Ag's Digital Transformation

Digital Technology Changing How Ag Produces Products, Conducts Business

Russ Quinn
By  Russ Quinn , DTN Staff Reporter
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Steve Anderson, Beaman, Iowa, uses an iPhone and four iPads to monitor weather stations, drone software, home security, farm publications and weather data on various fields, as well as other farm-management operations. (Progressive Farmer file photo by Bob Elbert)

SAVANNAH, Ga. (DTN) -- Global agriculture has been somewhat behind other industries in adopting digital technology. But, as in other aspects of modern life, this technology is slowly transforming different areas of agriculture, including how crops and livestock are produced and how ag businesses operate.

Digital technology and its impact on agriculture was one major topic of discussion at the 2019 Fertilizer Outlook and Technology Conference here on Wednesday. The annual meeting is hosted by The Fertilizer Institute (TFI) and the Fertilizer Industry Round Table (FIRT).


Allan Gray, executive director of the Center for Food and Agriculture Business at Purdue University and Land O'Lakes chair in food and agribusiness, said during a round-table discussion that digital technology will aid in improved transparency and increased production and sustainability in the future of agriculture. Consumers want to know details about their food, and digital technology helps to satisfy their need for information, he said.

A recent survey reported transparency is "extremely important" to 36% of consumers, Gray said. A complete list of ingredients was the most important factor for 65% of consumers in the same survey, he said.

Gray said that among the technologies included in this area would be "blockchain," a term used frequently recently that many people don't completely understand. According to the Merriam-Webster dictionary definition, blockchain is "a digital database containing information (such as records of financial transactions) that can be simultaneously used and shared within a large decentralized, publicly accessible network."

There could be several different uses for blockchain technology, Gray said, including overseeing farm inventories, enhancing the ag supply chain and modernizing farm management software.

Walmart already uses the technology to track its leafy-green vegetables from its suppliers' fields through being processed and sold in its stores. This process can pinpoint issues in the entire supply chain and protect customers from foodborne illnesses.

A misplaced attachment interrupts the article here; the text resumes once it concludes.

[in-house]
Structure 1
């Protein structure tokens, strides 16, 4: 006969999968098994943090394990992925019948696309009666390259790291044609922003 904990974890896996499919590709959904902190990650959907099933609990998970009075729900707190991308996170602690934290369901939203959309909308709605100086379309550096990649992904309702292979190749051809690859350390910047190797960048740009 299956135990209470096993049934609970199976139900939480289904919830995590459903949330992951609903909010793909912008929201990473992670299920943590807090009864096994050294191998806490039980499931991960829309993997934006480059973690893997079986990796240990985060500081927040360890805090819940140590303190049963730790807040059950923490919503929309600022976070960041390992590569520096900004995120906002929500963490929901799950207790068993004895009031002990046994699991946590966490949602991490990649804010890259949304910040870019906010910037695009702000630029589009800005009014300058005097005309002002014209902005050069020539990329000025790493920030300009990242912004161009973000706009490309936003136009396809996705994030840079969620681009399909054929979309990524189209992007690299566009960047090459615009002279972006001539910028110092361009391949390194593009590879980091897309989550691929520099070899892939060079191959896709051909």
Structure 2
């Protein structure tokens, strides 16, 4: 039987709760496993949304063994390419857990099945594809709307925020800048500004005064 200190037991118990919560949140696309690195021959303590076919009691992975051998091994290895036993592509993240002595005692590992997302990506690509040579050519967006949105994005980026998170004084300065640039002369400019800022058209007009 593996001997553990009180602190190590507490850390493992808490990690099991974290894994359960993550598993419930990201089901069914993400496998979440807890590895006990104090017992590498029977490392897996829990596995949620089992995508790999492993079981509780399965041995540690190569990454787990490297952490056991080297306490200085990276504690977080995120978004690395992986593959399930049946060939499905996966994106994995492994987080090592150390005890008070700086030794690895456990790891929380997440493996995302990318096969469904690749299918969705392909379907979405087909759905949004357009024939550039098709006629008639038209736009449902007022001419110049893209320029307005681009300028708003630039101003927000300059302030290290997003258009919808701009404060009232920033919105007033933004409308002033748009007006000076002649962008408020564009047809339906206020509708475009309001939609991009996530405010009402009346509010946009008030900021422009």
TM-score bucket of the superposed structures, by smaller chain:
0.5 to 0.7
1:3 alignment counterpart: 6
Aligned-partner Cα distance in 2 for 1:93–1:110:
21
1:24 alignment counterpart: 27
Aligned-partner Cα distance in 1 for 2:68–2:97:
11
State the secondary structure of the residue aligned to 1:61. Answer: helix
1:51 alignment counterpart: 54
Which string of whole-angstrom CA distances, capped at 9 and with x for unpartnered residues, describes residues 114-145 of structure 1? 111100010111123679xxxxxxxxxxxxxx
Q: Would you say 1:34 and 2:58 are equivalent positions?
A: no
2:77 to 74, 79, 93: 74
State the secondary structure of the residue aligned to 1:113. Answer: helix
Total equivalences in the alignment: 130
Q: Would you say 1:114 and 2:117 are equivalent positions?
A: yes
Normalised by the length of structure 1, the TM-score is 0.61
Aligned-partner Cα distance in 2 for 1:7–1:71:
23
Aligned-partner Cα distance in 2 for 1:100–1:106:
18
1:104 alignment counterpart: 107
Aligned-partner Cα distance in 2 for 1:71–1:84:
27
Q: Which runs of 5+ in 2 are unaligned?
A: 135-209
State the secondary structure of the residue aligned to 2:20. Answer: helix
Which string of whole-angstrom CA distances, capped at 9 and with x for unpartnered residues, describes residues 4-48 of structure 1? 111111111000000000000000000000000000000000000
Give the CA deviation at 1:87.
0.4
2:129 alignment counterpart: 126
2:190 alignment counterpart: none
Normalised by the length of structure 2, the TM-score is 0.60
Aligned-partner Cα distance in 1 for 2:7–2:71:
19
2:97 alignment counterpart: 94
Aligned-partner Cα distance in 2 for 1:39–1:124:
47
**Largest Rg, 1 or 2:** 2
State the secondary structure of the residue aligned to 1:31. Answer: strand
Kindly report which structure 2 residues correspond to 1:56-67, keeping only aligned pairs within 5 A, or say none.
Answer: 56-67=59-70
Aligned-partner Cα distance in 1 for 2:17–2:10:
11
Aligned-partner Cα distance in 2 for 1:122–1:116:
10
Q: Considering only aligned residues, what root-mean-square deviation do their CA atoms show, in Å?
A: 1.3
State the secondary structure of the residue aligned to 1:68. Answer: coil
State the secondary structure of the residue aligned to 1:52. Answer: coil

Gray said agriculture is behind other industries in adapting digital technologies. While this may be the case, ag is moving toward adapting the technology thanks to innovative smaller companies leading the charge.

"You look at robotic milking machines on dairy farms as one example of this technology already in use," Gray said. "These producers can now become better managers with more time to examine data since they aren't the ones milking the cows."

Gray said another advantage of digital technology is that it can be scalable. He used a 300-cow dairy with robotic milkers as an example.

The technology allows those who incorporate it to use fewer resources and get more from the technology. It can increase productivity and improve sustainability, he said.

Michael Swanson, senior vice president, agriculture economist and consultant for Wells Fargo and Company, said because of digital technology, nearly everything is connected. This is true with ag, and we are now in a closed-loop system, he said.

"I compare this technology to when basketball added the three-point line; I'm sure some of you remember this," Swanson said. "This one rule completely changed how the game is played, and the same can be said about this technology in agriculture."


While digital technology can aid in North American agriculture, it can also help small farmers in such places as Africa. The technology can increase crop yields in places often called "the last frontier" of agriculture.

William Wu is co-founder and CEO of QED, a small firm in Africa attempting to use digital technology to solve basic issues on the continent, ranging from agriculture to human health. The company builds low-cost data systems for farmers and others in Africa.

In many cases, African countries face more obstacles than other countries do that can limit crop yields. Some of these issues include a lack of education, limited fertilizer use and local corruption.

"We are customizing technology for the realities on the ground here in Africa," Wu said. "We are motivated by technologies with problems worth fighting for."

Among the products QED is in the process of developing is in-field spectroscope. This process uses a smartphone to analyze soil samples in the field in a short amount of time, he said.

The product eliminates a couple different issues often found in African agriculture. Many places don't have an expensive spectroscope equipment to break down what is found in soil, and transporting soil samples between different locations is often an extremely slow process, Wu said.

This technology will allow African farmers to know what is in their soil in a short amount of time and then do something about it, he said.

"We really feel industrial partnerships is key for the future of humanity in Africa," he said.

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Russ Quinn